Paste: Are you more conscious of mortality now? The brevity of life?
Gibbard: Eh. I feel like we are all somewhat conscious of it. So it’s not so much that I feel a clock ticking per se. But I’ll be 42 this week, and if I’m lucky, I’m halfway through my life—I’m right in the middle. And when I was 20, I was only looking forward, you know? But as I’ve gotten older what I’ve noticed about being middle-aged is, now I find myself looking forward to see the rest of my life backwards. At how I got here. But I find myself looking forward to the rest of my life and looking backward in equal measure. And in some ways, that’s kind of driven me, creatively. Certainly for this album it has.
Paste: It feels like you’re addressing someone in these new songs.
Gibbard: Well, I always find inspiration in speaking to someone, lyrically. As you get distance from a person or a relationship, or even a scenario, I think everybody has those things that they wish they’d said to someone, or their perspective that they don’t feel like they were able to articulate properly. Or enough time has gone by—and sometimes this is years and years—where some people that I write about in angular fashion, your version of events always tends to be somewhat fictionalized and it kind of takes over. And that’s a place I always enjoy writing from—it’s like the statute of limitations to accurately depict a series of events has expired. That window is gone, and you can just write about it in any way you feel you want to write about it.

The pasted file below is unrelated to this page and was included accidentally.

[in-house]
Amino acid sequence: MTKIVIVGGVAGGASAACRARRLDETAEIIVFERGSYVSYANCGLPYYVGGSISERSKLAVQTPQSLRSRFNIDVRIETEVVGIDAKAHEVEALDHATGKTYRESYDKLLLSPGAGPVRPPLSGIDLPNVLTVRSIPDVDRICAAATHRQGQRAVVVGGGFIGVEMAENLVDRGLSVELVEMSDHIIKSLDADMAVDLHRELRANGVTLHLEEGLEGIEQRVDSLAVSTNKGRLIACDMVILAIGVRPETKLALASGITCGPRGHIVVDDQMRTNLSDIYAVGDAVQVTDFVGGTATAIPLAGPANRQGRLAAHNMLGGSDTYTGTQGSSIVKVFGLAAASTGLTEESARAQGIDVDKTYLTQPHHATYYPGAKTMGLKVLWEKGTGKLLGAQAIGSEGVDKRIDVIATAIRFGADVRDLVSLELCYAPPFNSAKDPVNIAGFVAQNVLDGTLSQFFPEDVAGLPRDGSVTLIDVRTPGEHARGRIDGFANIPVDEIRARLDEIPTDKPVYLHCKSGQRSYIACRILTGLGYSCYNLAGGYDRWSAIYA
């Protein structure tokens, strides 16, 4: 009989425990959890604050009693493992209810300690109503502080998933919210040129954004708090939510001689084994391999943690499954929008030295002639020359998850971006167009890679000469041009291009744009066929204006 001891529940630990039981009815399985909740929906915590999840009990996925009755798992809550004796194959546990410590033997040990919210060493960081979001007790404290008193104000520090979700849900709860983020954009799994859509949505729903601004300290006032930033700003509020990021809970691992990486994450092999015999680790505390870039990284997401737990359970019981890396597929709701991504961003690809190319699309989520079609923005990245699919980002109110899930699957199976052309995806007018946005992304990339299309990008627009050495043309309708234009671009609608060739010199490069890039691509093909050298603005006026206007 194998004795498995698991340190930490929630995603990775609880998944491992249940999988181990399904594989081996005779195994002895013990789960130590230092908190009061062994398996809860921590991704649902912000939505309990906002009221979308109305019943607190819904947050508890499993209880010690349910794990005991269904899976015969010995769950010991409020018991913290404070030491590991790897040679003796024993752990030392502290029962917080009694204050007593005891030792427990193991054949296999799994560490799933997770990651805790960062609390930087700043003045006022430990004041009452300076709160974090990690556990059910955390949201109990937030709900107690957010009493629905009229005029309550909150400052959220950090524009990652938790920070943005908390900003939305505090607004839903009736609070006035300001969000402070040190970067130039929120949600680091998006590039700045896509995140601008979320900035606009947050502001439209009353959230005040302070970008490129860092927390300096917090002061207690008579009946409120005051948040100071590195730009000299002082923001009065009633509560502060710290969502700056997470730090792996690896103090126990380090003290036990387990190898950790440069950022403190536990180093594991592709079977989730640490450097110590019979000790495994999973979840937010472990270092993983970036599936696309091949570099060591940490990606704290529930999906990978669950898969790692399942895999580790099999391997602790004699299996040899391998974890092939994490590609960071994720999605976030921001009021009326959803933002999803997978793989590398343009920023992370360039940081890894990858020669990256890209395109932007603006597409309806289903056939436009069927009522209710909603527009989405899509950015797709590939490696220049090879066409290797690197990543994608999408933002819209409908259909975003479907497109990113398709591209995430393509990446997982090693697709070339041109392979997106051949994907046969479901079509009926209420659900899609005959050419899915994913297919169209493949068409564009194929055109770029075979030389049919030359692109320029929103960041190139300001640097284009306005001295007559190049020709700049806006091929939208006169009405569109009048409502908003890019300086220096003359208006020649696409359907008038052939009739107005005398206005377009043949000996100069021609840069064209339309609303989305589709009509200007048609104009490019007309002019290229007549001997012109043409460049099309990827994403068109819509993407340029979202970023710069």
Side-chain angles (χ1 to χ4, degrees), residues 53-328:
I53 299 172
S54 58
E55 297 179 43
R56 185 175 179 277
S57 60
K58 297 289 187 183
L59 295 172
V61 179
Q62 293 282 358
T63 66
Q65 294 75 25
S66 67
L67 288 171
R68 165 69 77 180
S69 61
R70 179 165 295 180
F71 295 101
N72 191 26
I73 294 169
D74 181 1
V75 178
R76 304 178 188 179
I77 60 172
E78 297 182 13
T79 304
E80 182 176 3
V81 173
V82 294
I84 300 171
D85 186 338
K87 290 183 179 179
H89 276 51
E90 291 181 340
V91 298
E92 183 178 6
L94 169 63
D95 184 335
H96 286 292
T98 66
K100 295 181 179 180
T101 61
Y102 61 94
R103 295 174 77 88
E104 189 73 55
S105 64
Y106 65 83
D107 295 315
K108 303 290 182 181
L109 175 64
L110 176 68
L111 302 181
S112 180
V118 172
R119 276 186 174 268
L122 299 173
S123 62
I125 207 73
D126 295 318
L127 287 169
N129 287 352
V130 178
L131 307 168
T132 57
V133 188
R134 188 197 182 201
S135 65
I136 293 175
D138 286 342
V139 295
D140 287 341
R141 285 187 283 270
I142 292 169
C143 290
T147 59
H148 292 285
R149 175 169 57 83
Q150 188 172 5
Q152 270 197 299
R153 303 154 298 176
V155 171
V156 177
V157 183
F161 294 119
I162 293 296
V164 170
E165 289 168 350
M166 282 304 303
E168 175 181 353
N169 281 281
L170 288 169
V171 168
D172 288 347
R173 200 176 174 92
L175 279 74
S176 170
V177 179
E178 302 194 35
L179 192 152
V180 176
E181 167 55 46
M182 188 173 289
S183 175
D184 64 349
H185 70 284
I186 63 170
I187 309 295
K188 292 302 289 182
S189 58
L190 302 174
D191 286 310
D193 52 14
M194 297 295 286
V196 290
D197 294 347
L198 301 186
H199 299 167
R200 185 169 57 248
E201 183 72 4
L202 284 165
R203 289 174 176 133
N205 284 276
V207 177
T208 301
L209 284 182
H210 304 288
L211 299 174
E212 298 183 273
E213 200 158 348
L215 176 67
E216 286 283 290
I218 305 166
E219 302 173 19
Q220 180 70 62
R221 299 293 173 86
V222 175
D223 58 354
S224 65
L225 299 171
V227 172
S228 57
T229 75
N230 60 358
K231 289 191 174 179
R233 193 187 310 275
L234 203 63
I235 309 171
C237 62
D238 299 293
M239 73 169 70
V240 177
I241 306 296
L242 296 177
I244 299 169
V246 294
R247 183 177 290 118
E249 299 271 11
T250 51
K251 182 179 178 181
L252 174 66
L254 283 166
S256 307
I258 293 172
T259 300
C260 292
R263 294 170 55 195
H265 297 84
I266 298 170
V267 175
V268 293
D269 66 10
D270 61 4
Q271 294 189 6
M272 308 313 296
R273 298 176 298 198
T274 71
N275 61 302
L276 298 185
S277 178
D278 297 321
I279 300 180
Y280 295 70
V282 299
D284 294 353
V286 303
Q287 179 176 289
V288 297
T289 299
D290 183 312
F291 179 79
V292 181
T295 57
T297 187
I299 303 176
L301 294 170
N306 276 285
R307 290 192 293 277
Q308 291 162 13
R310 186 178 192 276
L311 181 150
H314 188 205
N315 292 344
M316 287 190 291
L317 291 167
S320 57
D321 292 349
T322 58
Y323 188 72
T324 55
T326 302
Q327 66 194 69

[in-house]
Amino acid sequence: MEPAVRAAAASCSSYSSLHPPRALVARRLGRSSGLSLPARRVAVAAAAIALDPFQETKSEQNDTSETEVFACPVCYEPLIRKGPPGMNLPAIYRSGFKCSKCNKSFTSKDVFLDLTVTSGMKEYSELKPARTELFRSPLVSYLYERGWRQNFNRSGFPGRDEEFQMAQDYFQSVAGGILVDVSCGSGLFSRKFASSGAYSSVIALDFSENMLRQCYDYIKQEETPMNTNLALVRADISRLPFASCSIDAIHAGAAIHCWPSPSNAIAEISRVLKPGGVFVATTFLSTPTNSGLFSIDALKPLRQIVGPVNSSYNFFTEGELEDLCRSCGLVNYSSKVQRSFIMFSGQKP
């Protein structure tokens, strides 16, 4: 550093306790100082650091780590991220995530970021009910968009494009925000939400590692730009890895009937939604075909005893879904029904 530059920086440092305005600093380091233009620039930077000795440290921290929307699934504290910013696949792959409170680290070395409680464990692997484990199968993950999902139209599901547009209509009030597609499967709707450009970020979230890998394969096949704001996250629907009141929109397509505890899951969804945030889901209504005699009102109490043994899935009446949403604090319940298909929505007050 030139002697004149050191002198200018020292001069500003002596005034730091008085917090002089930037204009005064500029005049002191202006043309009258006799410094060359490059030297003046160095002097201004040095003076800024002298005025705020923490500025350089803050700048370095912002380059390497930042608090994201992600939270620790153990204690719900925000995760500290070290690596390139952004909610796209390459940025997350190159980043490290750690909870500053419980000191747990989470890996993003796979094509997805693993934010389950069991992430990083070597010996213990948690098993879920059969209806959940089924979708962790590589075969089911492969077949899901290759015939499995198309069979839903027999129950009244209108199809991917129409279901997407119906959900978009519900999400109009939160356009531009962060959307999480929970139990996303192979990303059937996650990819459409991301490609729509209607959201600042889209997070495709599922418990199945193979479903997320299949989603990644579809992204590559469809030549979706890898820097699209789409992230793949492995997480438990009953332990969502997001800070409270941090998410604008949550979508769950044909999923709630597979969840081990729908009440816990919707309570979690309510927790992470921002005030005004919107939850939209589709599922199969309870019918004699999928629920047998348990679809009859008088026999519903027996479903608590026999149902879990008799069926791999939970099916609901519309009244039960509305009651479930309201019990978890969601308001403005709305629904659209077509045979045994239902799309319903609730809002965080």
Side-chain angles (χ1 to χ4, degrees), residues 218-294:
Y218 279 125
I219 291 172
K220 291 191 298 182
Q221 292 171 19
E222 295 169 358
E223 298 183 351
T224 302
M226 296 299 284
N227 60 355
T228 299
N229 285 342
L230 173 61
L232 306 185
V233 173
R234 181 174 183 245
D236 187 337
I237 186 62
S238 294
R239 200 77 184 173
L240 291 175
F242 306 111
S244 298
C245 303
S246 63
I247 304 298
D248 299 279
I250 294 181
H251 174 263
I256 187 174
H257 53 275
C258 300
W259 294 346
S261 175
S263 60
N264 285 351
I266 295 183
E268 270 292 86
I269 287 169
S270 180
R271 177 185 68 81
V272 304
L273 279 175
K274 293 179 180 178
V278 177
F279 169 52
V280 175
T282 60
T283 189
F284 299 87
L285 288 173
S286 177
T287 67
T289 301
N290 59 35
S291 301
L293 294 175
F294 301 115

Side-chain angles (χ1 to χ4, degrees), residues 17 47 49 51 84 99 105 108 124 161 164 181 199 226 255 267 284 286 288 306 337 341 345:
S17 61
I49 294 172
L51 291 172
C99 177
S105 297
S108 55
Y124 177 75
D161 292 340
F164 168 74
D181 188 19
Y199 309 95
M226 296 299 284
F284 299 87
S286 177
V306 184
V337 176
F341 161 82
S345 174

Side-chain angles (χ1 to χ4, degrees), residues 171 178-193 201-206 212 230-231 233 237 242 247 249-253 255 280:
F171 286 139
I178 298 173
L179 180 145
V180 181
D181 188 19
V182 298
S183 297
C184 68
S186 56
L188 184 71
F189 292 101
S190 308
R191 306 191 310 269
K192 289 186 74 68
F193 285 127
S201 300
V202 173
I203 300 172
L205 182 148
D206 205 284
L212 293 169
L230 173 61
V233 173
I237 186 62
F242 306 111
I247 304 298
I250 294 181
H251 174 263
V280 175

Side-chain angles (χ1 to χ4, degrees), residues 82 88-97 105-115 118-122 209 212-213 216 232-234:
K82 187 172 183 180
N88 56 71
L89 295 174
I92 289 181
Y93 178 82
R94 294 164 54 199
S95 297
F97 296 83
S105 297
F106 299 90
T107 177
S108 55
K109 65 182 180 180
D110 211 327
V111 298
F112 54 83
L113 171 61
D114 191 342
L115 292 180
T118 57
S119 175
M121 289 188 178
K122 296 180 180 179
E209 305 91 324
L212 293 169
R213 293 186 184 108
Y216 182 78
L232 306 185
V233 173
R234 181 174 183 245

Paste: Like, say, your rapid-fire romance with Zooey Deschanel, wherein you got married and actually tried living in Los Angeles.
Gibbard: I wouldn’t put it in term of trying . I moved to Los Angeles with the best of intentions. But I think that when you make a crazy, impulsive series of decisions in life, sometimes it works out, sometimes it doesn’t. I have friends who met and were married three weeks later, and they’ve been together for 20-some years. But when I look back, I know I made a number of hasty decisions with the best of intentions, and I truly felt the way I felt. But you know, it didn’t work out. And you realize—as I’m sure she has, as well—that this was this intense thing that burned hot and fast and was over. And you come to peace with those decisions. So I personally feel—be it moving back to Seattle, getting back to my community, marrying someone that I’ve known for a long, long time, I feel like I ended up where I belong, in the end. And getting that perspective of leaving the Northwest and then coming back to it with not so much fresh eyes, but where I could see how valuable this place and these people were in my life, I’m never leaving again. I’d never do that again.
Paste: Then there’s the old zenlike adage, don’t be sad that it’s over—be glad that it happened.
Gibbard: Yeah. Which is an adage that I love. I love that. And that certainly applies to me as that chapter of my life fades into my rear-view further and further, it becomes this very wacky chapter. I mean, if I had a biography, that would be the chapter of the book that kind of spices up the story a bit.